Prince Valdemar and the Glücksborg monarchy
Prince Valdemar was the youngest son of King Christian IX of Denmark, also known as the “father-in-law of Europe”. While Christian managed to marry most of his children into the major royal houses of Europe and thus to strengthen Denmark’s position on the international stage, Valdemar stayed at home and became a particular “national darling”. Trained in the prestigious Danish Sea Officers’ School, he went on to become a career officer for life. Most famously, he and his wife Princess Marie d’Orléans supported Danish turn-of-the-century business enterprises such as the East Asiatic Company (EAC). To reinforce Danish business relations with the Kingdom of Siam, Valdemar undertook a major cruise to East Asia on board HMS Valkyrie in 1899-1900.
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Between 1863 and 1866, three of King Christian IX’s children came to occupy foreign thrones or to marry into the major royal families of Europe: Princess Alexandra wedded the British Prince of Wales, Princess Dagmar the Russian Tsarevich and Prince Vilhelm was elected King George of the Hellenes. Read about how the Danes took pride in the dynastic success of the Glücksborg dynasty in my Blog Post on the Heirs-to-the-throne project website: “Our four heirs to the throne”. Emotional identification with the success of the Glücksborg dynasty in 19th-century Danish family magazines.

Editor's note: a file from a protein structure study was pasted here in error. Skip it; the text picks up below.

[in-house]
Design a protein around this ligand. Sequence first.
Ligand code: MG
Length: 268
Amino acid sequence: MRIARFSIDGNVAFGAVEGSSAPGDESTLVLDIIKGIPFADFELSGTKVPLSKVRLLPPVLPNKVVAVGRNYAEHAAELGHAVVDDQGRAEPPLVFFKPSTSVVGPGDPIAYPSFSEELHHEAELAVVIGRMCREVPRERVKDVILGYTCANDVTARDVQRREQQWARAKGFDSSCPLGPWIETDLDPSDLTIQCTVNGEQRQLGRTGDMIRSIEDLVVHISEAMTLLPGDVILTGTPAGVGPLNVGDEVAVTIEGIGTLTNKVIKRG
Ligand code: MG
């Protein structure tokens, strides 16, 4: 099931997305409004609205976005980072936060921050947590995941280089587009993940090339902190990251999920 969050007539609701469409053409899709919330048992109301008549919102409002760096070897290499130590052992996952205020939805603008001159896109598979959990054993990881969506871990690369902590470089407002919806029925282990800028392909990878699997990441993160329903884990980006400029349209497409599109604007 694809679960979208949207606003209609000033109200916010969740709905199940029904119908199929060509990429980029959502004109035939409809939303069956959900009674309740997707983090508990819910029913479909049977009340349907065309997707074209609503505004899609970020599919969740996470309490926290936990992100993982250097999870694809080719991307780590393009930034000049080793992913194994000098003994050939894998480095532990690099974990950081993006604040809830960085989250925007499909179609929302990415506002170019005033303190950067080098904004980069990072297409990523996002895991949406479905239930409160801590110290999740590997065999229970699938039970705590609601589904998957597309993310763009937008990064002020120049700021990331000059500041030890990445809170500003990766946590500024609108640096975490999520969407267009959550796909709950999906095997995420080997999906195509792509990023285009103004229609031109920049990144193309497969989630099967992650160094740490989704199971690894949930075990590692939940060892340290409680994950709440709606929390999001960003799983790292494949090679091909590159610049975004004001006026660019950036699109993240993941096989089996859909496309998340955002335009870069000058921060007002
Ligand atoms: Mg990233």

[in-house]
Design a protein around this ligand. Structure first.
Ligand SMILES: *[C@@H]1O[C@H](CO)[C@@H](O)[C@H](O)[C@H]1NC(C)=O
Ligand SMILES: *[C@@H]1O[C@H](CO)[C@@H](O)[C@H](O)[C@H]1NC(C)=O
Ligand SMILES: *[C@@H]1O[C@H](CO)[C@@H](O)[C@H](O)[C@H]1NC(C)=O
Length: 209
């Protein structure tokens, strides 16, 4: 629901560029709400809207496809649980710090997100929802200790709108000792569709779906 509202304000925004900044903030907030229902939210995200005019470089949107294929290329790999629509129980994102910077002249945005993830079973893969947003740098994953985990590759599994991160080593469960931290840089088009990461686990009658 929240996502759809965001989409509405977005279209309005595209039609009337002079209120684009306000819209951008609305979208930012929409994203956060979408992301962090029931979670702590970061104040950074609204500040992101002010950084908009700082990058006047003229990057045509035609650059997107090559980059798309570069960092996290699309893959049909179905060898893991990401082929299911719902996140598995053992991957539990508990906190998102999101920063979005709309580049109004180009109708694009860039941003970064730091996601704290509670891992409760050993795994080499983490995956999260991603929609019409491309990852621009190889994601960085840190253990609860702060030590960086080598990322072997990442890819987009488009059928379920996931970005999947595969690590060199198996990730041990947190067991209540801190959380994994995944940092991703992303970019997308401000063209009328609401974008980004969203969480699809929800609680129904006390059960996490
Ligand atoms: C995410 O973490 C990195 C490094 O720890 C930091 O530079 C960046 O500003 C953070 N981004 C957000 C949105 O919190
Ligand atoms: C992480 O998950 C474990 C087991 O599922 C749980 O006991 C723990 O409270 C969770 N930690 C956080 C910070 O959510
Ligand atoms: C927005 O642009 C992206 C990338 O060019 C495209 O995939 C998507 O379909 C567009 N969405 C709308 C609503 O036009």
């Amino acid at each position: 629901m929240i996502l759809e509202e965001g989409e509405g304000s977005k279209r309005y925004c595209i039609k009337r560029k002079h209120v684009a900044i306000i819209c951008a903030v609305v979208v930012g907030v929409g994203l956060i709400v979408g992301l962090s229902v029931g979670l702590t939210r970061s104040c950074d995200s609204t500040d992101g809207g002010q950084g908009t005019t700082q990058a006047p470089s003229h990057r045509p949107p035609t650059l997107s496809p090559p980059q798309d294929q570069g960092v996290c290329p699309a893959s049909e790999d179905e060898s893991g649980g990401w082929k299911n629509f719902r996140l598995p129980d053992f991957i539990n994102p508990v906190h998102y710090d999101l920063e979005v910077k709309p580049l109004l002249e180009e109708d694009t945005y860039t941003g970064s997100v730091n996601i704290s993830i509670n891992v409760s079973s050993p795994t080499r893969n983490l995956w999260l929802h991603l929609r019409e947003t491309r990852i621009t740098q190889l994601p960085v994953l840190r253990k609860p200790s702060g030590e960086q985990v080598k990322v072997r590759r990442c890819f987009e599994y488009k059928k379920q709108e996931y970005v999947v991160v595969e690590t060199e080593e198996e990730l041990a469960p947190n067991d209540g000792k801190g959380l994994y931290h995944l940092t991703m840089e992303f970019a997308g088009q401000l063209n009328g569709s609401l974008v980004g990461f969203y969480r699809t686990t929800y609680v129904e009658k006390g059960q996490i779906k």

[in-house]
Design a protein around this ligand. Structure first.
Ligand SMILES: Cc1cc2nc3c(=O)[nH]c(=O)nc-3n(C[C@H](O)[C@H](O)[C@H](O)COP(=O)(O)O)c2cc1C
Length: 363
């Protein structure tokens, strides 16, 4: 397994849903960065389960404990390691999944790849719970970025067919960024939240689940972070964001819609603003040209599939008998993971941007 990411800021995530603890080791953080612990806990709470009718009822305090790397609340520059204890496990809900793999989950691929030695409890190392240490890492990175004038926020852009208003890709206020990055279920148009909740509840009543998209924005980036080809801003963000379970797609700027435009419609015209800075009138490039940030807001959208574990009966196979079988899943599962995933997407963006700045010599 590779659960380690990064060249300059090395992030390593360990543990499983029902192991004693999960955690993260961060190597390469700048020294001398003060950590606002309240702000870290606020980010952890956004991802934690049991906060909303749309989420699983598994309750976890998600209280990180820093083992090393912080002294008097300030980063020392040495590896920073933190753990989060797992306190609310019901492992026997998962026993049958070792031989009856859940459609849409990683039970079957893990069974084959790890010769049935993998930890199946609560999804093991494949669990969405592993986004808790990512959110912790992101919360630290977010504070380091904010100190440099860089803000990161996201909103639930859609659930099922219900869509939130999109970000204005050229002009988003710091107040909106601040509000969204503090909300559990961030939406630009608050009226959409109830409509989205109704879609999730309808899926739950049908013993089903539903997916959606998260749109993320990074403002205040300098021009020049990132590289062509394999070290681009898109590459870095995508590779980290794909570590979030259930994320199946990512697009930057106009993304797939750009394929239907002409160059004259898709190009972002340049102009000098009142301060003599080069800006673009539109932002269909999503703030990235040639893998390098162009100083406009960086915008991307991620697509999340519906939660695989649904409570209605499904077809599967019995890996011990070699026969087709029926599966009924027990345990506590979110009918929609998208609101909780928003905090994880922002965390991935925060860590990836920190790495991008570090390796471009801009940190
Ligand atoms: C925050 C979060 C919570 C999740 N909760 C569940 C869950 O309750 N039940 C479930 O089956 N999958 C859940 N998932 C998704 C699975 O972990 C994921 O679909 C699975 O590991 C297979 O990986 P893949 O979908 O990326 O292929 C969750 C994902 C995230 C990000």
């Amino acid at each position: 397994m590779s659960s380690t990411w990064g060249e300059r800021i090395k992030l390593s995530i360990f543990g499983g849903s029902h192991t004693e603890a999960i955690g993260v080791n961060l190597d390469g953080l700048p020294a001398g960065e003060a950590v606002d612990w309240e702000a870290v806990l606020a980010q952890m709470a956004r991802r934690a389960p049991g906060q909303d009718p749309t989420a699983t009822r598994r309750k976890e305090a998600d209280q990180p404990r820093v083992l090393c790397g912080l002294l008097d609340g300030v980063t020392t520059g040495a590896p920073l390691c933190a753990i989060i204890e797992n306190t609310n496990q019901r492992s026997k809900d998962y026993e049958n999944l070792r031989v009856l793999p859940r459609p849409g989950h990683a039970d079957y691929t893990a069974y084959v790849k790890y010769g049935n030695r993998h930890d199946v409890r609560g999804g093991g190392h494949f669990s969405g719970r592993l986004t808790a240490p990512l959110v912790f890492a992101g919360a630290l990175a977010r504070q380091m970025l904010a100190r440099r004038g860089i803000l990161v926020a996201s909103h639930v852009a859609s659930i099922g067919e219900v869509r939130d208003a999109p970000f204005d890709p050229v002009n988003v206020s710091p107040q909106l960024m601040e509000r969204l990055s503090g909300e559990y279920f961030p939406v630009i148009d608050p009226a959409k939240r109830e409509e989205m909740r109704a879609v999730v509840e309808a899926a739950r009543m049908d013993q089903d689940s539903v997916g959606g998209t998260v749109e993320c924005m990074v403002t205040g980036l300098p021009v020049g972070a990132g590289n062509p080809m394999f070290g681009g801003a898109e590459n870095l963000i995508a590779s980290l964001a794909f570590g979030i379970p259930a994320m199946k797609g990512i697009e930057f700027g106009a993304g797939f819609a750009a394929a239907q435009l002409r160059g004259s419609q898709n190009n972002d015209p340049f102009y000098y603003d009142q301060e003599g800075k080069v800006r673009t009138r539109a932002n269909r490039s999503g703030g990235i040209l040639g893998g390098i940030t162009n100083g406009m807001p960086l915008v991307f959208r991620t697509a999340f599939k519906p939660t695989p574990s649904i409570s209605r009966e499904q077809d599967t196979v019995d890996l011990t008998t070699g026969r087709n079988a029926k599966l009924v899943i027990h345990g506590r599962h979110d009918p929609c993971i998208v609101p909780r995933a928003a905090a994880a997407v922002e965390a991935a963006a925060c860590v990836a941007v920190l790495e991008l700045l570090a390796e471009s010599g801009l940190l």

If you want to find out more about Prince Valdemar’s family background and the Glücksborg monarchy, a must-read in Danish is:
Dynastiet Glücksborg: En Danmarkshistorie by Jes Fabricius Møller(You can find my review of this book on H-Soz-u-Kult.)
In English, you might want to read the short booklet
or John Van der Kiste’s Northern Crowns: The Kings of modern Scandinavia.